Pictures and bios of your team and what you do need to be forefront for credibility. It used to be that being a faceless organization conveyed a sort of professional omnipresence and confidence – now it is just sign of a lack of confidence and vision.
This is a grass-roots annual photo festival in a city I used to live in. Only until recently did they deign to supply some information about who organizes this event. Though I get lots of PR about it from the local galleries hosting photography shows for the festival, which is great, I never felt there was an opportunity to connect with the community behind the event, or that there is any cohesion or unifying vision – that’s what arts marketing is all about, in a way. For example, Flash Forward and Contact are excellent photo fests, and have robust organizer presence online – these festivals are faces and names and this is how people really connect to a meaningful art event. People are the most powerful marketing tool online, not some generic brand and byline of a vague and miniature bureaucracy. It smacks of developing something with an eye to corporate sponsorship and a nifty resume, with less loyalty to the actual artists and visitors of the event.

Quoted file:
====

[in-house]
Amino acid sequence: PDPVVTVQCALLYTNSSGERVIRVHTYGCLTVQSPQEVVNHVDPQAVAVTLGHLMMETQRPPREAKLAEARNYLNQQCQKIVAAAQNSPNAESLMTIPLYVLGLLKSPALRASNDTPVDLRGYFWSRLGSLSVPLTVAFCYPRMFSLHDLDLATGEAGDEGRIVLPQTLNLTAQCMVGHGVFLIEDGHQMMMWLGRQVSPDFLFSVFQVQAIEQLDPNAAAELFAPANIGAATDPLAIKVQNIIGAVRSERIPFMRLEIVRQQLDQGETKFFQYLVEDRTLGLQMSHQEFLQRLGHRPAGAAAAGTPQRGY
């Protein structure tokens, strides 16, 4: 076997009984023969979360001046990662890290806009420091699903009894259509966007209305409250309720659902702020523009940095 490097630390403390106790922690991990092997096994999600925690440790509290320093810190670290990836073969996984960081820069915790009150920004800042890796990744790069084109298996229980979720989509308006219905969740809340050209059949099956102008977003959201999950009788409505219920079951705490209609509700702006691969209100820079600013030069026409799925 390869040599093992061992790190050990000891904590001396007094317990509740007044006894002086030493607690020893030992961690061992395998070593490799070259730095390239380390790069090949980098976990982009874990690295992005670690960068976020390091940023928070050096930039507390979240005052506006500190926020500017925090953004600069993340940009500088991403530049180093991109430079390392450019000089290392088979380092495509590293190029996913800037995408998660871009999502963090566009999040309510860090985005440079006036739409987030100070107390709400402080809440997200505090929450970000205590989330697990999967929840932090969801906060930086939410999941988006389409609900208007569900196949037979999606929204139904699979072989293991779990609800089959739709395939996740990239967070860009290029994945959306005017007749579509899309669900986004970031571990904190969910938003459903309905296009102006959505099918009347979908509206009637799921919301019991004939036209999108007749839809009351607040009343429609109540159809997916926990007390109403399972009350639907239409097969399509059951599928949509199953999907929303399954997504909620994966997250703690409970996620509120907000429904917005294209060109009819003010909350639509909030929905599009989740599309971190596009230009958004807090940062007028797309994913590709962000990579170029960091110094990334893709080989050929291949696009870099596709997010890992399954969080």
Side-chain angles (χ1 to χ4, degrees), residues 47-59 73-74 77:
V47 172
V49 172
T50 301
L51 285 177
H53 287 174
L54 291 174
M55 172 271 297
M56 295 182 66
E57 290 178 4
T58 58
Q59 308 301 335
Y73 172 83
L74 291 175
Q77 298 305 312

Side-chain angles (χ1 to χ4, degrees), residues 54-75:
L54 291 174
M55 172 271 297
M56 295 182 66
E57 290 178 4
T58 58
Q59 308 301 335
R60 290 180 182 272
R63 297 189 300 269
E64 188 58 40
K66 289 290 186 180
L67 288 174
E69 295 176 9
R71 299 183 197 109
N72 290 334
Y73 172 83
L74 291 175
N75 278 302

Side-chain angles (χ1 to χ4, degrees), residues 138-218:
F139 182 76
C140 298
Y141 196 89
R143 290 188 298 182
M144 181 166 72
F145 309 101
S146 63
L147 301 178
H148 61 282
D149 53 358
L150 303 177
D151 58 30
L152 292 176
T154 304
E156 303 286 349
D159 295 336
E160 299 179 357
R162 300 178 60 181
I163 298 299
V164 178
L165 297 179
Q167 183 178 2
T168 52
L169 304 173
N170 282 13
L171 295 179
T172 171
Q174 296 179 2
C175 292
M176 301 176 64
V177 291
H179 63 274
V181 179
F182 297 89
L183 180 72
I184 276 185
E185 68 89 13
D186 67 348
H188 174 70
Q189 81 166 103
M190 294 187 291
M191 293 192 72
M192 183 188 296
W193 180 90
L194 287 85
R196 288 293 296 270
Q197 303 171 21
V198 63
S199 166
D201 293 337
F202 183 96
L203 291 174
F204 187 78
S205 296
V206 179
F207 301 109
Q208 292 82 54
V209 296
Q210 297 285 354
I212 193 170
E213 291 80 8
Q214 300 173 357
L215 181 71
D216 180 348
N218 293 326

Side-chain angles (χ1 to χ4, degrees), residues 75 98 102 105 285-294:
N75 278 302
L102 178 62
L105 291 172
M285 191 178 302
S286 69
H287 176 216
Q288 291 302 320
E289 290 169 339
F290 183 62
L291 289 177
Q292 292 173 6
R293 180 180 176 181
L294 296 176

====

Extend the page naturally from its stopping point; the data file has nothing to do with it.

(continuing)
Bonus criticisms – where is the blog? social media links? mailing list? All of these are warning signs, in my experience, of a festival that does not have a life of its own as any well run and fostered event would.